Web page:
Some chondrites don't fit easily into the established groups, although they can be clearly identified as - mostly unequilibrated - chondrites. They are designated as C ungrouped or C UNGR and they probably represent other parent bodies of ordinary or less ordinary chondrites or source regions of the primordial solar nebula. Some of them are unique samples, while others show certain relations to each other and/or to established groups of chondrites.
Prominent examples are the rather beautiful and chondrule-rich meteorites Hammadah al Hamra 180, and Dhofar 535. Others include our own paired finds Sahara 97009, Sahara 97039, and Sahara 97042, comprising a total known of just a bit more than 240g for this unusual chondrite. Sahara 97009, 97039, and 97042 have fayalite contents near the top of the LL range, but have O-isotopes and bulk composition that are distinct from LL chondrites, showing that they must have had their origin on a distinct parent body.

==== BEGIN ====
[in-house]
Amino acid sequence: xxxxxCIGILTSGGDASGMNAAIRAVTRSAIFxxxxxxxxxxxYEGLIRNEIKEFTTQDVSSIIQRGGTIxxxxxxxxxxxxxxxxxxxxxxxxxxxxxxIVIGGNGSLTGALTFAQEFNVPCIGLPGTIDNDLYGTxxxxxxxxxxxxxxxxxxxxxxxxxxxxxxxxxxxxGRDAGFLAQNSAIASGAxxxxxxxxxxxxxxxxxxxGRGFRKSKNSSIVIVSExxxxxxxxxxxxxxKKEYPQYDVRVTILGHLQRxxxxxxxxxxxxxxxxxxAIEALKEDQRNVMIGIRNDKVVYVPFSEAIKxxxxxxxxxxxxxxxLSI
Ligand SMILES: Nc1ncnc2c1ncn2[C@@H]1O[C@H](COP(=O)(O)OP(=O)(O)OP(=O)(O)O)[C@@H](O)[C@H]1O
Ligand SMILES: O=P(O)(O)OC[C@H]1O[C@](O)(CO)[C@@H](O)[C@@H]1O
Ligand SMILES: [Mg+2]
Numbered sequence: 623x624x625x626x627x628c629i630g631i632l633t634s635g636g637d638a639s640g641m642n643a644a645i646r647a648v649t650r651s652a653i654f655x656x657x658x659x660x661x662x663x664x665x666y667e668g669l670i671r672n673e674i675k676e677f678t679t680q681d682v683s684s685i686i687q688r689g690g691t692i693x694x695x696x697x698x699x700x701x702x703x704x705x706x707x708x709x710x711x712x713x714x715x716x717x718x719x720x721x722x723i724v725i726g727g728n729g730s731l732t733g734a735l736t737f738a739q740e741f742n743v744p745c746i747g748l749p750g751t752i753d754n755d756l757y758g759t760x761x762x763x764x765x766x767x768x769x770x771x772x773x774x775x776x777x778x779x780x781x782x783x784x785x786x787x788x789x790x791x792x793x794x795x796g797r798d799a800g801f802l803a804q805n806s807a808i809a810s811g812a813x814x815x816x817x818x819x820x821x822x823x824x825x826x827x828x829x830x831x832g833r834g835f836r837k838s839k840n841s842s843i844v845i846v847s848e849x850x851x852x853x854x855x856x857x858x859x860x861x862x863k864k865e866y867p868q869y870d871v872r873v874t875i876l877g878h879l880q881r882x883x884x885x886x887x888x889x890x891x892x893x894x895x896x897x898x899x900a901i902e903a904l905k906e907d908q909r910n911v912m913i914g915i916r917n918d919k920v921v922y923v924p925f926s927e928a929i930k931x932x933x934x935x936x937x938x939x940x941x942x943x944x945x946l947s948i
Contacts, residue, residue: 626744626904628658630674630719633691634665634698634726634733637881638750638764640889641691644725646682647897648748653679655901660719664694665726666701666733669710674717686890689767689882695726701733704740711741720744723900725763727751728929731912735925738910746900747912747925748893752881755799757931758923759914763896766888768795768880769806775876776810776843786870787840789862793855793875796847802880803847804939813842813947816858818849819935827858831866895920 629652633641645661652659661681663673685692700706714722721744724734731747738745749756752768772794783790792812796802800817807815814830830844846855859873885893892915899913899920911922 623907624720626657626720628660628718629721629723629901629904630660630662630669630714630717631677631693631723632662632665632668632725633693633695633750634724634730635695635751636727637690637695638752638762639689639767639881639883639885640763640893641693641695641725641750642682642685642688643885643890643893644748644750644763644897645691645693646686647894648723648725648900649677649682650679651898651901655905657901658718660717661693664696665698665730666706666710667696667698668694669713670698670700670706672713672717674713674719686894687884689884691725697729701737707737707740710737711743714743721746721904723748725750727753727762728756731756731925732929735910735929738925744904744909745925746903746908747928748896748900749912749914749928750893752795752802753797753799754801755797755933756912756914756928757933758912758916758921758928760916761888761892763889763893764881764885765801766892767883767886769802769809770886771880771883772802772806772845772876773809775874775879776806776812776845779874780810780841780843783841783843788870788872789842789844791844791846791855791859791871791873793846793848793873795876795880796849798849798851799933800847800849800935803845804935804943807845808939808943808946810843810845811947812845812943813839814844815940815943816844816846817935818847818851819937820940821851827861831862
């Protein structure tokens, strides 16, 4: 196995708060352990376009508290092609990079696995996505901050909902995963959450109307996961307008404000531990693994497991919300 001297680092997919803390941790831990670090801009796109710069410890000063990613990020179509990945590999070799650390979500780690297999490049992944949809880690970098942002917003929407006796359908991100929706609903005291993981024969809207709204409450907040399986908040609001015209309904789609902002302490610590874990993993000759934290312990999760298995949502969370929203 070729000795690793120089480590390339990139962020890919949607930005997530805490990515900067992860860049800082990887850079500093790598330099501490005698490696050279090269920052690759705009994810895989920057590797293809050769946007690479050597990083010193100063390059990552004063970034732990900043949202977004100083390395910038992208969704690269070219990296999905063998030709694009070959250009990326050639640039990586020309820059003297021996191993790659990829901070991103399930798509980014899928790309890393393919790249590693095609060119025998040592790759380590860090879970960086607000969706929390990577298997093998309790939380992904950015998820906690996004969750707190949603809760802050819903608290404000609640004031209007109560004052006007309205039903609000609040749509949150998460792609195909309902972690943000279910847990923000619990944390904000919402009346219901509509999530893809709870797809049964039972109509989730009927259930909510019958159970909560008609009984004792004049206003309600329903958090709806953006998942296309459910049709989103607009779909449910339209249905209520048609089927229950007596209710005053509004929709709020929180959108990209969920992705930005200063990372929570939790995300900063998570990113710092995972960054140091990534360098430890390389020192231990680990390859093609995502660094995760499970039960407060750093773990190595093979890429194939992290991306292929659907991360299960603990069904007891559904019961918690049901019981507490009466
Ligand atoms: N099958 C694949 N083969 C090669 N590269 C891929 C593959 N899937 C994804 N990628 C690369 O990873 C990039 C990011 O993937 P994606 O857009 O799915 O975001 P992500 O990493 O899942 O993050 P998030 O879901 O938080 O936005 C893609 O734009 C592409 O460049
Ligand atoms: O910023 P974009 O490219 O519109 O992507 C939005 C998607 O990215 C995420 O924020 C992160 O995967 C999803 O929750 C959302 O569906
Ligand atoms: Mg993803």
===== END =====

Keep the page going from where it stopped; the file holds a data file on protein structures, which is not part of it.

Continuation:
Future discoveries and finds from the hot and cold deserts might allow us to group these finds together with similar stones. Until then, they will remain ungrouped, but not less enigmatic.